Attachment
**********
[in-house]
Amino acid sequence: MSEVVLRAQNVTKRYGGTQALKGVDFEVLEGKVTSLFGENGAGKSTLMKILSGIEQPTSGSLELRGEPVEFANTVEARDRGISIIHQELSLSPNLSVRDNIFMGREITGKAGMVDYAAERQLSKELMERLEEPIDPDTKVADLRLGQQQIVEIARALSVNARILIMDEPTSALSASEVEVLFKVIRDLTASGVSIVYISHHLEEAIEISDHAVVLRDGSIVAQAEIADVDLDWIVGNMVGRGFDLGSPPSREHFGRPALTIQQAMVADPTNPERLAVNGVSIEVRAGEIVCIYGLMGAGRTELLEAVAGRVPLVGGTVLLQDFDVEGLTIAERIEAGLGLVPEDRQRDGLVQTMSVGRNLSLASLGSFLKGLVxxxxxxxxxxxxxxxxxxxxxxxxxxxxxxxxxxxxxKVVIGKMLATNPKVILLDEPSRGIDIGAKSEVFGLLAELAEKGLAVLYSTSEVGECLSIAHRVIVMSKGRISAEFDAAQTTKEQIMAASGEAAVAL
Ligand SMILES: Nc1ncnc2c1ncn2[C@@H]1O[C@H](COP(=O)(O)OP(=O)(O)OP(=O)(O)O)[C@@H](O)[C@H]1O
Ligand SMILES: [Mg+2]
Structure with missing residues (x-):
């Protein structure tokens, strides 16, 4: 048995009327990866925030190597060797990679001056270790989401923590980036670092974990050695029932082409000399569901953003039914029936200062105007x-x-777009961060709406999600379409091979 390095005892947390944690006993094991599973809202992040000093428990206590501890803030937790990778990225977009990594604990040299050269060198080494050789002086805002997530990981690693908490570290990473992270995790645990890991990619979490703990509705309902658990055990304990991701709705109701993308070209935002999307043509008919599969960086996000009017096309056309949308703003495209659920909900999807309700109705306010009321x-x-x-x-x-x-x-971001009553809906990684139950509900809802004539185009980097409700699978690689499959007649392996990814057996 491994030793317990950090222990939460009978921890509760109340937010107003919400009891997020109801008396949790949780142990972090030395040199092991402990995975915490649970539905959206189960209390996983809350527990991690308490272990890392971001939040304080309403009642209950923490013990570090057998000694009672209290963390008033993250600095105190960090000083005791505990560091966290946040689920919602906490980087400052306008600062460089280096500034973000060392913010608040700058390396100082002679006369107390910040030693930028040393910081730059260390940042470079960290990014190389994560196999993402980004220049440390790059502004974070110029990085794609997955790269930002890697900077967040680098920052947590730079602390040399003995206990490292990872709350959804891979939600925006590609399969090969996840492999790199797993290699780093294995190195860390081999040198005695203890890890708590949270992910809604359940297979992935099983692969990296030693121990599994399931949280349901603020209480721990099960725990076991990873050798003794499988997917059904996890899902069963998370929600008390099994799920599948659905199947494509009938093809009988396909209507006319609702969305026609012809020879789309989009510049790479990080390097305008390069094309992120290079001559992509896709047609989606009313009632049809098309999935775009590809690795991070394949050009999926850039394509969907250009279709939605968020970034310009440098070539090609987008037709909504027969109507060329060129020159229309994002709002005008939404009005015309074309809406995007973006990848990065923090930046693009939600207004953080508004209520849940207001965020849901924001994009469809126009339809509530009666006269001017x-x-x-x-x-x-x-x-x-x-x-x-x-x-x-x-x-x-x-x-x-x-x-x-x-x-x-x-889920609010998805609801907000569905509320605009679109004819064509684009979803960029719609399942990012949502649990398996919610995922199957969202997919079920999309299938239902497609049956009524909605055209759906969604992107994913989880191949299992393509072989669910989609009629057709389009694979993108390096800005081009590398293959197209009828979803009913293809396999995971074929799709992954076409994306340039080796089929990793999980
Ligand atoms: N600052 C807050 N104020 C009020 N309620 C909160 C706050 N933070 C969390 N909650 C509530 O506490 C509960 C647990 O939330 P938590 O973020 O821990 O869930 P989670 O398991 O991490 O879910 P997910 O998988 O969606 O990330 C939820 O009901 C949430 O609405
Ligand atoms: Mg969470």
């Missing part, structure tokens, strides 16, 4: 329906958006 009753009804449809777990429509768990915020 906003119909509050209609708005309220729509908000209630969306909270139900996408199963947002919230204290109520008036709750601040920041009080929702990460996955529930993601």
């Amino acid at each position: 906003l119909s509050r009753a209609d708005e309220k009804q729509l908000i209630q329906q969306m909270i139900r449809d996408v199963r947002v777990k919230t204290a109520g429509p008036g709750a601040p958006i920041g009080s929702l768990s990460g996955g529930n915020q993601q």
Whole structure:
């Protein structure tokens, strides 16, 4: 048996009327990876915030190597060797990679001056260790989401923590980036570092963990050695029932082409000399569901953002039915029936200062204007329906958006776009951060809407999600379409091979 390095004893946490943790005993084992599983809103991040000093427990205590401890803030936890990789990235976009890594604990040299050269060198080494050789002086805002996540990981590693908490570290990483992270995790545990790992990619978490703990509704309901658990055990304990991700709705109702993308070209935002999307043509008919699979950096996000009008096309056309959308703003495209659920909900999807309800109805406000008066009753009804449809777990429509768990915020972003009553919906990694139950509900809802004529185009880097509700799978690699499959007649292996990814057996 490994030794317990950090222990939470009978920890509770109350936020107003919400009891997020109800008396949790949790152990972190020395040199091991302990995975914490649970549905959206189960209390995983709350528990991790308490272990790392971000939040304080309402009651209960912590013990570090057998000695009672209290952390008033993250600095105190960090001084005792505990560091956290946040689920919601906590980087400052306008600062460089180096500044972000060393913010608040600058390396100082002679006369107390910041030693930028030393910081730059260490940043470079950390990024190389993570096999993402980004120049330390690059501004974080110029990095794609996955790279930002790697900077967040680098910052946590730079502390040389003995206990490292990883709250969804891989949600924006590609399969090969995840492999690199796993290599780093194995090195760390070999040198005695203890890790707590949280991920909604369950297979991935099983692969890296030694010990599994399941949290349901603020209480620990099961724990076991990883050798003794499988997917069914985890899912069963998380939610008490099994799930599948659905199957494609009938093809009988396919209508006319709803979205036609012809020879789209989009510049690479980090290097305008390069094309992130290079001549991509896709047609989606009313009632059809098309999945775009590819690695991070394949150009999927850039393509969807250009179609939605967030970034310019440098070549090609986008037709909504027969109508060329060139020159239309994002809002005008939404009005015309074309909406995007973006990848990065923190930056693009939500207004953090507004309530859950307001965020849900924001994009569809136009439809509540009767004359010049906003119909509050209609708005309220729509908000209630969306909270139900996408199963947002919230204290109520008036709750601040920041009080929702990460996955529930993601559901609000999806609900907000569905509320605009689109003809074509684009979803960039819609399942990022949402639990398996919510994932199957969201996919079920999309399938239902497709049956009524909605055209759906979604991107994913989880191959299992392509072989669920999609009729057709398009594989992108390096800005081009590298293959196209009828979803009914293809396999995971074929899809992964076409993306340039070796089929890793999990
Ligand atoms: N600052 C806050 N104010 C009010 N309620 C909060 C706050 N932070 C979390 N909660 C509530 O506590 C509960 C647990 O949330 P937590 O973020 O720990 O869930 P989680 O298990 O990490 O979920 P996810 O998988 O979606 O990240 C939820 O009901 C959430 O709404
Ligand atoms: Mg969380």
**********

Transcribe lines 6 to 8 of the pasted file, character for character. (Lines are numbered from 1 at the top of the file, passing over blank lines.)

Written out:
């Protein structure tokens, strides 16, 4: 048995009327990866925030190597060797990679001056270790989401923590980036670092974990050695029932082409000399569901953003039914029936200062105007x-x-777009961060709406999600379409091979 390095005892947390944690006993094991599973809202992040000093428990206590501890803030937790990778990225977009990594604990040299050269060198080494050789002086805002997530990981690693908490570290990473992270995790645990890991990619979490703990509705309902658990055990304990991701709705109701993308070209935002999307043509008919599969960086996000009017096309056309949308703003495209659920909900999807309700109705306010009321x-x-x-x-x-x-x-971001009553809906990684139950509900809802004539185009980097409700699978690689499959007649392996990814057996 491994030793317990950090222990939460009978921890509760109340937010107003919400009891997020109801008396949790949780142990972090030395040199092991402990995975915490649970539905959206189960209390996983809350527990991690308490272990890392971001939040304080309403009642209950923490013990570090057998000694009672209290963390008033993250600095105190960090000083005791505990560091966290946040689920919602906490980087400052306008600062460089280096500034973000060392913010608040700058390396100082002679006369107390910040030693930028040393910081730059260390940042470079960290990014190389994560196999993402980004220049440390790059502004974070110029990085794609997955790269930002890697900077967040680098920052947590730079602390040399003995206990490292990872709350959804891979939600925006590609399969090969996840492999790199797993290699780093294995190195860390081999040198005695203890890890708590949270992910809604359940297979992935099983692969990296030693121990599994399931949280349901603020209480721990099960725990076991990873050798003794499988997917059904996890899902069963998370929600008390099994799920599948659905199947494509009938093809009988396909209507006319609702969305026609012809020879789309989009510049790479990080390097305008390069094309992120290079001559992509896709047609989606009313009632049809098309999935775009590809690795991070394949050009999926850039394509969907250009279709939605968020970034310009440098070539090609987008037709909504027969109507060329060129020159229309994002709002005008939404009005015309074309809406995007973006990848990065923090930046693009939600207004953080508004209520849940207001965020849901924001994009469809126009339809509530009666006269001017x-x-x-x-x-x-x-x-x-x-x-x-x-x-x-x-x-x-x-x-x-x-x-x-x-x-x-x-889920609010998805609801907000569905509320605009679109004819064509684009979803960029719609399942990012949502649990398996919610995922199957969202997919079920999309299938239902497609049956009524909605055209759906969604992107994913989880191949299992393509072989669910989609009629057709389009694979993108390096800005081009590398293959197209009828979803009913293809396999995971074929799709992954076409994306340039080796089929990793999980
Ligand atoms: N600052 C807050 N104020 C009020 N309620 C909160 C706050 N933070 C969390 N909650 C509530 O506490 C509960 C647990 O939330 P938590 O973020 O821990 O869930 P989670 O398991 O991490 O879910 P997910 O998988 O969606 O990330 C939820 O009901 C949430 O609405
Ligand atoms: Mg969470």